The Prototype For First-Ever Penny To Be Auctioned For About $1M

TD Bank is saying ciao to the good-old penny counting machines that have adorned its branches for several years now.

The prototype for the first-ever U.S. cent is being auctioned off for what Barron’s reported is around $1 million — or 100 million times it value.

According to Barron’s, the first penny auction will happen later in October and is being handled by Stack’s Bowers in Baltimore. John Kraljevich, senior numismatist at Stack’s Bowers, said the one-cent piece comes as part of the Archangel collection that is being auctioned off and includes coins from the American colonial days and throughout the founding of the U.S. Mint, which happened in 1792, reported Barron’s. “Every cent every Americans ever had in their pocket draws their lineage back to this one,” Kraljevich told Barron’s. The coin was printed in 1792, which Barron’s noted was the year before the U.S. Mint began circulating coin currency. “This was the first attempt to make a cent and see if it worked,” said James McCartney, another numismatist at Stack’s Bowers, in the report. “We don’t know how many were made; 10 to 11 probably survived.”

Barron’s noted the coin had a picture of Lady Liberty on it with Abraham Lincoln making his debut on the penny in 1909. The front reads “Liberty Parent of Science & Industry.” When the cent went into circulation, this text changed to “Liberty United States of America,” according to the report. Another bit of penny history: Barron’s noted that the cent was printed on Filbert Street in Philadelphia, which was the place of the first building that was ever purchased by the U.S. government. The penny became part of the Archangel collection back in 1976 with the previous owner Laird Park’s collection of early American items including coins, books and artifacts from the early Revolutionary War period. Park had purchased the one-cent piece in 1967 from the Charles Jay collection.  “Its history is very closely intertwined with all the romantic notions of our founding fathers,” McCartney added.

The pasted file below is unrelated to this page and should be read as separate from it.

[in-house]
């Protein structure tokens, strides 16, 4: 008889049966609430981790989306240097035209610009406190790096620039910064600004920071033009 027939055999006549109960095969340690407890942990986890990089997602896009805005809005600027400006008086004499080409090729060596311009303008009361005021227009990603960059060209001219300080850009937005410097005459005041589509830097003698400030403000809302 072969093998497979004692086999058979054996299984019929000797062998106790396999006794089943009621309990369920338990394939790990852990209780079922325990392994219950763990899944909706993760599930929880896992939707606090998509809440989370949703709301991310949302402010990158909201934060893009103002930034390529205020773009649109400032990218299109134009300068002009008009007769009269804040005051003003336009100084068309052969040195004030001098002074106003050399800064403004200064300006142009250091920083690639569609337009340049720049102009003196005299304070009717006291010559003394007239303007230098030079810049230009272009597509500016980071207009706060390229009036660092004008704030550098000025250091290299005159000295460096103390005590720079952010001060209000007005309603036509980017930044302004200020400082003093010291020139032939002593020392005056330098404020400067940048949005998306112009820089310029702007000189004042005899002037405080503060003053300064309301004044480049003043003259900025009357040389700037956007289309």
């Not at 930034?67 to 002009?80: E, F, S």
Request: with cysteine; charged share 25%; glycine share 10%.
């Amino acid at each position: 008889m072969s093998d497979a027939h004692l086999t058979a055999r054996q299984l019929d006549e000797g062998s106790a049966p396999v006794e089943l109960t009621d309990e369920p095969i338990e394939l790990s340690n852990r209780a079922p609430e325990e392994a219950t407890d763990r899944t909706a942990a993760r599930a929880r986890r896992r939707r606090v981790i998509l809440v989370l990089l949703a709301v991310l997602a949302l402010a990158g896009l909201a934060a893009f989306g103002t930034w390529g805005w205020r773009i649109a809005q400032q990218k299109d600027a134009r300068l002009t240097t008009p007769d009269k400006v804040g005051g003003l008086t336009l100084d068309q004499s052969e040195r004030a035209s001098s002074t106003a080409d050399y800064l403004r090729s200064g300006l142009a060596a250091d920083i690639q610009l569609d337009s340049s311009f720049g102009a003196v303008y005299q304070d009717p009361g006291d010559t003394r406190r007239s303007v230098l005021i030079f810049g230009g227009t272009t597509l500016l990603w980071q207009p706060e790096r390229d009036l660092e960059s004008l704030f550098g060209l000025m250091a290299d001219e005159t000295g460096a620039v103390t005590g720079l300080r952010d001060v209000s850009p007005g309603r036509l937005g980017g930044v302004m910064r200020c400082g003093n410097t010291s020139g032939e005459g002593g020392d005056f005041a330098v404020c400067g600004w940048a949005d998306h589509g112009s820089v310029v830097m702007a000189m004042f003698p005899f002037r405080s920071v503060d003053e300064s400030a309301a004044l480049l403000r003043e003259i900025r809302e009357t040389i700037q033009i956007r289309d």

The pressure on banks to modernize their payments capabilities to support initiatives such as ISO 20022 and instant/real time payments has been exacerbated by the emergence of COVID-19 and the compelling need to quickly scale operations due to the rapid growth of contactless payments, and subsequent increase in digitization. Given this new normal, the need for agility and optimization across the payments processing value chain is imperative.